Research
Print page Print page
Switch language
The Capital Region of Denmark - a part of Copenhagen University Hospital
Published

Unaffected bone mineral density in Danish children and adolescents with type 1 diabetes

Research output: Contribution to journalJournal articleResearchpeer-review

  1. Adults with pathogenic MC4R mutations have increased final height and thereby increased bone mass

    Research output: Contribution to journalJournal articleResearchpeer-review

  2. Characterization of osteoclasts derived from CD14+ monocytes isolated from peripheral blood

    Research output: Contribution to journalJournal articleResearchpeer-review

  1. Interleukin-6 may not affect bone resorption marker CTX or bone formation marker P1NP in humans

    Research output: Contribution to journalJournal articleResearchpeer-review

  2. Differential time responses in inflammatory and oxidative stress markers after a marathon: An observational study

    Research output: Contribution to journalJournal articleResearchpeer-review

  3. Hypophosphatemic Hypovitaminosis D induces Osteomalacia in the adult female rat

    Research output: Contribution to journalJournal articleResearchpeer-review

View graph of relations

Aims: Adults with type 1 diabetes mellitus (T1D) have decreased bone mineral density (BMD). Our study aimed at determining BMD and the association to metabolic control in children and adolescents with T1D. Methods: 244 patients (113 girls) with a median age of 14.3 years and T1D duration of 1–16 years were included. A dual-energy X-ray absorptiometry scan assessed BMD Z-scores excluding the head (total body less head, TBLH). TBLH-BMD were then investigated for associations to diabetes relevant variables such as HbA1c, insulin treatment, anthropometry and physical activity. Results: In all participants the TBLH-BMD Z-score (0.22 ± 0.96) was significantly higher than the references. Separated by sex, TBLH-BMD Z-score in boys (0.11 ± 0.84) was no different from healthy peers whereas TBLH-BMD Z-score was significantly higher in girls (0.36 ± 1.09). The higher TBLH-BMD Z-score in girls were explained by higher BMI Z-scores. Participants with assumed final height (based on age) had an average TBLH-BMD Z-score of 0.78 ± 1.06, significantly higher than references independent of gender, HbA1c, height- and weight Z-scores. Multiple regression analyses showed that TBLH BMD Z-score associated negatively to HbA1c (P = 0.003), pump treatment (P = 0.019) and screen-time (P = 0.005) and positively to weight Z-score (P < 0.001). Physical activity, sex and puberty did not significantly associate to TBLH-BMD Z-score. Conclusion: Unlike adults with T1D, BMD is not decreased in children and adolescents with T1D and even elevated after attained final height. As HbA1c negatively associates to BMD, decreased BMD may progress over time. Whether changes in microarchitecture or bone metabolism precede changes in BMD needs further investigation.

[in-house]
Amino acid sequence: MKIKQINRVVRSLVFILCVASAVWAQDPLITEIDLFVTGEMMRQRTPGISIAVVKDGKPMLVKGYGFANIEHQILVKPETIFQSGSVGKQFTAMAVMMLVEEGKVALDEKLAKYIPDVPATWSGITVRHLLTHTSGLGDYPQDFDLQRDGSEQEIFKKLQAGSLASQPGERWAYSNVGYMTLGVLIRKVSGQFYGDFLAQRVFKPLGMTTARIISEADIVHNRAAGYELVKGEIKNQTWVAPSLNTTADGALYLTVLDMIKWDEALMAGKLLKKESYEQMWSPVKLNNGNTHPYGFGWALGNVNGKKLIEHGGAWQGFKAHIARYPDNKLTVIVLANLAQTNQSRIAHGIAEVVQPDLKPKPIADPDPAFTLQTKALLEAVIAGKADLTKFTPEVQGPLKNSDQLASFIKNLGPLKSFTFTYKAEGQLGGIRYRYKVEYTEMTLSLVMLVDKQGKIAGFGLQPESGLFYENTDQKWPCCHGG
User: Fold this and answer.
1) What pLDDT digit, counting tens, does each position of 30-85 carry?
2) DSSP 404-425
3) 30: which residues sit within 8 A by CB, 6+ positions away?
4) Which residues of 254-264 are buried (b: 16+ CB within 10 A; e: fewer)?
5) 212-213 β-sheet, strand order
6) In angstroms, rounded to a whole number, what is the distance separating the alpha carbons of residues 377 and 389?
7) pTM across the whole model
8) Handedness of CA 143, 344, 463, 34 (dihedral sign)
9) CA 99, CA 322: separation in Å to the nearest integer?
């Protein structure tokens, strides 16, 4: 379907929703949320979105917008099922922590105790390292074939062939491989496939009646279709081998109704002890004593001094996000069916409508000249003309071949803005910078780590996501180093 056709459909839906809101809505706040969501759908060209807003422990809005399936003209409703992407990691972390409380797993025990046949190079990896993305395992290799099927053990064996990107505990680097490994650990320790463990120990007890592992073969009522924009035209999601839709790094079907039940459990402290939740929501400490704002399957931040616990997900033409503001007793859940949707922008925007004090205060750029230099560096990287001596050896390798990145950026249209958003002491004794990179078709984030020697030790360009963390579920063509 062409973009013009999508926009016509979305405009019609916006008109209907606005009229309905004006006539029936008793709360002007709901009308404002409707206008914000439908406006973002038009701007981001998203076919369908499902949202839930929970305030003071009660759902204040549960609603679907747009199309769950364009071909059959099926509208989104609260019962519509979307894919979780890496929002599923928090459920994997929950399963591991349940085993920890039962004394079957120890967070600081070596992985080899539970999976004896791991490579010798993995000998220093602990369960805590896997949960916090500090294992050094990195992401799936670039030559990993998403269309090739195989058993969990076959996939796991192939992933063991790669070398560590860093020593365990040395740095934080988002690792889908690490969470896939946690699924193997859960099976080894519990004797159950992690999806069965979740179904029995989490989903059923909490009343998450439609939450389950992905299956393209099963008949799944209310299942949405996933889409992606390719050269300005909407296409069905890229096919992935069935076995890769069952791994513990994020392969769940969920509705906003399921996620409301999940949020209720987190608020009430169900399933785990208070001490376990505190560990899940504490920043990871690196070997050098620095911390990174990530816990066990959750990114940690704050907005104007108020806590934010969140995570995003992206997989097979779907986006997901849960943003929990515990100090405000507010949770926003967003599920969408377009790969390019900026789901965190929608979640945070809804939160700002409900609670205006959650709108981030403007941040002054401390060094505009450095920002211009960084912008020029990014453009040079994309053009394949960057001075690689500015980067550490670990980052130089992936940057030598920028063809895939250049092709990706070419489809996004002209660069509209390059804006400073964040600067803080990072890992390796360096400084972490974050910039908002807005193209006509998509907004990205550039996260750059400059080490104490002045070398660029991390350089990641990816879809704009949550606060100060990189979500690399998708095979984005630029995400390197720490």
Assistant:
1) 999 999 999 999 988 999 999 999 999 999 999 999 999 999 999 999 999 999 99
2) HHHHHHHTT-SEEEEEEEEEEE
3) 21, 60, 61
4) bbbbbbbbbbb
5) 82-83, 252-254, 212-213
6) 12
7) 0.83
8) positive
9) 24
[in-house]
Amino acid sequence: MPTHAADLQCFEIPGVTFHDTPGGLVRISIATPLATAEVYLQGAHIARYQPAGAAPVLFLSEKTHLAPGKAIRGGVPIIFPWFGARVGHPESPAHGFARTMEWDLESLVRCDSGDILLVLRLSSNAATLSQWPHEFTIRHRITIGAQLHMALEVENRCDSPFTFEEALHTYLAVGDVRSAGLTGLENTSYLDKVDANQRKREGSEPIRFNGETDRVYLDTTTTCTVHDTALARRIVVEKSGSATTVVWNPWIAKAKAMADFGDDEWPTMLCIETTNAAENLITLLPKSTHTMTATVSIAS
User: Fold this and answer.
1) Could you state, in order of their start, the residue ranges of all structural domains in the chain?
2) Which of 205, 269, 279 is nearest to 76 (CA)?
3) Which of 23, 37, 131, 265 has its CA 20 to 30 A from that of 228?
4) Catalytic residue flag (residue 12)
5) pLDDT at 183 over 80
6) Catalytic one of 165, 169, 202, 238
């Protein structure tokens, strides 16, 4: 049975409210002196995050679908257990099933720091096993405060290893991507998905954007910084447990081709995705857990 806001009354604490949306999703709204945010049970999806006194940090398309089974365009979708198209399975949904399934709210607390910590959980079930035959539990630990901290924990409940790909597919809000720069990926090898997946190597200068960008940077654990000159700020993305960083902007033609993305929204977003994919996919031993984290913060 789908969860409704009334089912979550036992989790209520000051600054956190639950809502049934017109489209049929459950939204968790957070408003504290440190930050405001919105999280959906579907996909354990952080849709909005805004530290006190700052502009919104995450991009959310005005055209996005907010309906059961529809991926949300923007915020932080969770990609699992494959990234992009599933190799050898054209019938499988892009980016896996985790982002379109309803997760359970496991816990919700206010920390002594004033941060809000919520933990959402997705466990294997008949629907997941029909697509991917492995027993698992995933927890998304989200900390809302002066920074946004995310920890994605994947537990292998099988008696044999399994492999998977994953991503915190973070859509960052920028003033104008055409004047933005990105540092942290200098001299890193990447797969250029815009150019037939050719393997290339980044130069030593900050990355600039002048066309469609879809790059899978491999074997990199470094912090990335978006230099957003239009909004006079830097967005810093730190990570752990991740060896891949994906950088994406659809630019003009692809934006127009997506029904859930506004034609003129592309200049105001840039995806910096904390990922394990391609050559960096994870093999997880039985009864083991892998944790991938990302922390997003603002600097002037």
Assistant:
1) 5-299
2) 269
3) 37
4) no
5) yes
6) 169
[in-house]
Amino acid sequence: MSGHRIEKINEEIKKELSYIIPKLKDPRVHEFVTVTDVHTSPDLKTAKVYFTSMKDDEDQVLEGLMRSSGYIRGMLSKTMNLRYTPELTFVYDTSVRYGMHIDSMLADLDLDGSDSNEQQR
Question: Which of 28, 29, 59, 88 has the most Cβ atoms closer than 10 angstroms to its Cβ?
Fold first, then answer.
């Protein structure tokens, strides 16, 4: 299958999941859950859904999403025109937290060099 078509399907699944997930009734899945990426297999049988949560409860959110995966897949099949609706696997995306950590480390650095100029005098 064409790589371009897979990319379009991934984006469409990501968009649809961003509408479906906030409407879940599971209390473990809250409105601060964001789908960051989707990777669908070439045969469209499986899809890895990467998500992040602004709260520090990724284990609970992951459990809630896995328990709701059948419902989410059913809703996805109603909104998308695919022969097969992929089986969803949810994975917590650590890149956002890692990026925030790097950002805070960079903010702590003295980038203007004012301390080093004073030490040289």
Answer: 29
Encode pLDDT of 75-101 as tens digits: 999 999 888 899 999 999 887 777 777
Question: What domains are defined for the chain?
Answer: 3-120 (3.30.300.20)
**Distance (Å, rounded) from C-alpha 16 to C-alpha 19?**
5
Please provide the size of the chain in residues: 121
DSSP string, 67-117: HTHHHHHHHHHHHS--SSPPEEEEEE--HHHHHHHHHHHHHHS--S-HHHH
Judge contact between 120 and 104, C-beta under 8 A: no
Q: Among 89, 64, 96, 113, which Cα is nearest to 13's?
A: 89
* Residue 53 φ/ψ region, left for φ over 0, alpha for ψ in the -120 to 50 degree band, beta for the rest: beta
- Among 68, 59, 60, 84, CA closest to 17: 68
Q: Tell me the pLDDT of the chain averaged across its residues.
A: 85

Original languageEnglish
JournalJournal of Bone and Mineral Metabolism
Volume38
Issue number3
Pages (from-to)328-337
Number of pages10
ISSN0914-8779
DOIs
Publication statusPublished - May 2020

    Research areas

  • Bone mineral density, HbA1c, Pediatrics, Type 1 diabetes mellitus, Humans, Bone Density/physiology, Child, Preschool, Infant, Male, Absorptiometry, Photon, Diabetes Mellitus, Type 1/diagnostic imaging, Regression Analysis, Exercise, Adolescent, Denmark, Adult, Female, Health Status, Child

ID: 58435634